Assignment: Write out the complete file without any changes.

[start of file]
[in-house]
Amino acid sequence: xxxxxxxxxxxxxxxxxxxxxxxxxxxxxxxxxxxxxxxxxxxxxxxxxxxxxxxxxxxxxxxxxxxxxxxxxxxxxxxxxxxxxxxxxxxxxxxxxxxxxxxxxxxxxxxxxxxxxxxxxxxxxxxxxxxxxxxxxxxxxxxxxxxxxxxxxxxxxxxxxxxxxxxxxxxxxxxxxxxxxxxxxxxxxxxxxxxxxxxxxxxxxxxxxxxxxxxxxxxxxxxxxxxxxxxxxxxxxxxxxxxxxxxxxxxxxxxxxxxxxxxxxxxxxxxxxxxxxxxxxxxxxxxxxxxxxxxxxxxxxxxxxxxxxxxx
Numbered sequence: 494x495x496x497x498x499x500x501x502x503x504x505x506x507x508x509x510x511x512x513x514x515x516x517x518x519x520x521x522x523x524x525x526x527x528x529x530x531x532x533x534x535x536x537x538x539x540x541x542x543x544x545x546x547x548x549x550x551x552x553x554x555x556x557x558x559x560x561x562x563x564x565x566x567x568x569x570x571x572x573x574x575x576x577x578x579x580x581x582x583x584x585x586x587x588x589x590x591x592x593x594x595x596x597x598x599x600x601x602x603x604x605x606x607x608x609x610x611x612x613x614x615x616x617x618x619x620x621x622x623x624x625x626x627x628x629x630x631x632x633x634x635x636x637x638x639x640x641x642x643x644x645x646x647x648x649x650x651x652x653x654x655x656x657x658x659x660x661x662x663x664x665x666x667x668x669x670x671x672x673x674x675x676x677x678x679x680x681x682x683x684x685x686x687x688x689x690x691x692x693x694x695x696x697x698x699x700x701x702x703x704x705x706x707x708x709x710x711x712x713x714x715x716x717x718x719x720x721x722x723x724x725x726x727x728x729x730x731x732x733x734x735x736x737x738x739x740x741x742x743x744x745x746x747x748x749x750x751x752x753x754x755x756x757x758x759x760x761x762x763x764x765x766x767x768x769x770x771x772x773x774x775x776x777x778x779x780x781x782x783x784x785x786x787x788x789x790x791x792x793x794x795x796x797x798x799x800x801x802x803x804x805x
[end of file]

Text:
[in-house]
Amino acid sequence: xxxxxxxxxxxxxxxxxxxxxxxxxxxxxxxxxxxxxxxxxxxxxxxxxxxxxxxxxxxxxxxxxxxxxxxxxxxxxxxxxxxxxxxxxxxxxxxxxxxxxxxxxxxxxxxxxxxxxxxxxxxxxxxxxxxxxxxxxxxxxxxxxxxxxxxxxxxxxxxxxxxxxxxxxxxxxxxxxxxxxxxxxxxxxxxxxxxxxxxxxxxxxxxxxxxxxxxxxxxxxxxxxxxxxxxxxxxxxxxxxxxxxxxxxxxxxxxxxxxxxxxxxxxxxxxxxxxxxxxxxxxxxxxxxxxxxxxxxxxxxxxxxxxxxxxx
Numbered sequence: 494x495x496x497x498x499x500x501x502x503x504x505x506x507x508x509x510x511x512x513x514x515x516x517x518x519x520x521x522x523x524x525x526x527x528x529x530x531x532x533x534x535x536x537x538x539x540x541x542x543x544x545x546x547x548x549x550x551x552x553x554x555x556x557x558x559x560x561x562x563x564x565x566x567x568x569x570x571x572x573x574x575x576x577x578x579x580x581x582x583x584x585x586x587x588x589x590x591x592x593x594x595x596x597x598x599x600x601x602x603x604x605x606x607x608x609x610x611x612x613x614x615x616x617x618x619x620x621x622x623x624x625x626x627x628x629x630x631x632x633x634x635x636x637x638x639x640x641x642x643x644x645x646x647x648x649x650x651x652x653x654x655x656x657x658x659x660x661x662x663x664x665x666x667x668x669x670x671x672x673x674x675x676x677x678x679x680x681x682x683x684x685x686x687x688x689x690x691x692x693x694x695x696x697x698x699x700x701x702x703x704x705x706x707x708x709x710x711x712x713x714x715x716x717x718x719x720x721x722x723x724x725x726x727x728x729x730x731x732x733x734x735x736x737x738x739x740x741x742x743x744x745x746x747x748x749x750x751x752x753x754x755x756x757x758x759x760x761x762x763x764x765x766x767x768x769x770x771x772x773x774x775x776x777x778x779x780x781x782x783x784x785x786x787x788x789x790x791x792x793x794x795x796x797x798x799x800x801x802x803x804x805x